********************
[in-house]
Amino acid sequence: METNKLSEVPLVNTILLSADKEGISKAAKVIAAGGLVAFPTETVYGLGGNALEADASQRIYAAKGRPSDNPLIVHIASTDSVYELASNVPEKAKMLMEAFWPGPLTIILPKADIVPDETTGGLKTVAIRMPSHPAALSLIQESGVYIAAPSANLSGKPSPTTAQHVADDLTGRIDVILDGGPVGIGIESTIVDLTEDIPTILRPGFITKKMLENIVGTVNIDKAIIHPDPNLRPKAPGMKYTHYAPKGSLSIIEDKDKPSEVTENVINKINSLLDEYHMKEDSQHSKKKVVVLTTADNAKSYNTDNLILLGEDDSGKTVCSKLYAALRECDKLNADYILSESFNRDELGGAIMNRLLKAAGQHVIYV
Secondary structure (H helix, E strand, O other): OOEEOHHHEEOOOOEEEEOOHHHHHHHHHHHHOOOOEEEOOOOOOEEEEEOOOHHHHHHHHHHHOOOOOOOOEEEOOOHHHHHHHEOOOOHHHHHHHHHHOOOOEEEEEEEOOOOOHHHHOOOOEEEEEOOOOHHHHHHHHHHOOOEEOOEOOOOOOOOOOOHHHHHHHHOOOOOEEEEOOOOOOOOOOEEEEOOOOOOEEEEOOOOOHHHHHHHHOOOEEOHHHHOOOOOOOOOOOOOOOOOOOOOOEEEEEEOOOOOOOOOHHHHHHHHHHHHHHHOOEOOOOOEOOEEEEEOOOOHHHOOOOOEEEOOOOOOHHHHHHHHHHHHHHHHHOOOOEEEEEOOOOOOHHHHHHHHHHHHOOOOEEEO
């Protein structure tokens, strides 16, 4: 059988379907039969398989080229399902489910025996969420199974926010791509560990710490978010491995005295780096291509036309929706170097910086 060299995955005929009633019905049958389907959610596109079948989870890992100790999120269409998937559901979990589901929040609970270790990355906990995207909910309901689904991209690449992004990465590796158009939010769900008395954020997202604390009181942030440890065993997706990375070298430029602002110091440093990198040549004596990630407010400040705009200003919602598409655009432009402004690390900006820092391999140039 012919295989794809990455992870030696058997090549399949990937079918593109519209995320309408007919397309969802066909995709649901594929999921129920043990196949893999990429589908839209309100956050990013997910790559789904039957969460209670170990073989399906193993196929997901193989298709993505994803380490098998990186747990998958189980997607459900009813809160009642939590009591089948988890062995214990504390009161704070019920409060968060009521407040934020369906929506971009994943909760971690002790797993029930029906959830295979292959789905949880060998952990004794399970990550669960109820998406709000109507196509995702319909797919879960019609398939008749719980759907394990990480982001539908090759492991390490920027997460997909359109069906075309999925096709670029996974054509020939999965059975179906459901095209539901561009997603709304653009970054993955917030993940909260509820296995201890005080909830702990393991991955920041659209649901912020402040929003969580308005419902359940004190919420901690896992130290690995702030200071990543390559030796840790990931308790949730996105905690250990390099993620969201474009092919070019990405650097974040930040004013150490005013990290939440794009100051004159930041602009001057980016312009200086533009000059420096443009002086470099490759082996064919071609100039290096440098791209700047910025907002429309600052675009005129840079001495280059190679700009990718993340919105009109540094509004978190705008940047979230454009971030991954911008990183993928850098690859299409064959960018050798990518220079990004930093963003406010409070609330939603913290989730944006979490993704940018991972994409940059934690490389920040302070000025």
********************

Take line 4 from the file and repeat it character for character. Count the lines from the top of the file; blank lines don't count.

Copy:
């Protein structure tokens, strides 16, 4: 059988379907039969398989080229399902489910025996969420199974926010791509560990710490978010491995005295780096291509036309929706170097910086 060299995955005929009633019905049958389907959610596109079948989870890992100790999120269409998937559901979990589901929040609970270790990355906990995207909910309901689904991209690449992004990465590796158009939010769900008395954020997202604390009181942030440890065993997706990375070298430029602002110091440093990198040549004596990630407010400040705009200003919602598409655009432009402004690390900006820092391999140039 012919295989794809990455992870030696058997090549399949990937079918593109519209995320309408007919397309969802066909995709649901594929999921129920043990196949893999990429589908839209309100956050990013997910790559789904039957969460209670170990073989399906193993196929997901193989298709993505994803380490098998990186747990998958189980997607459900009813809160009642939590009591089948988890062995214990504390009161704070019920409060968060009521407040934020369906929506971009994943909760971690002790797993029930029906959830295979292959789905949880060998952990004794399970990550669960109820998406709000109507196509995702319909797919879960019609398939008749719980759907394990990480982001539908090759492991390490920027997460997909359109069906075309999925096709670029996974054509020939999965059975179906459901095209539901561009997603709304653009970054993955917030993940909260509820296995201890005080909830702990393991991955920041659209649901912020402040929003969580308005419902359940004190919420901690896992130290690995702030200071990543390559030796840790990931308790949730996105905690250990390099993620969201474009092919070019990405650097974040930040004013150490005013990290939440794009100051004159930041602009001057980016312009200086533009000059420096443009002086470099490759082996064919071609100039290096440098791209700047910025907002429309600052675009005129840079001495280059190679700009990718993340919105009109540094509004978190705008940047979230454009971030991954911008990183993928850098690859299409064959960018050798990518220079990004930093963003406010409070609330939603913290989730944006979490993704940018991972994409940059934690490389920040302070000025």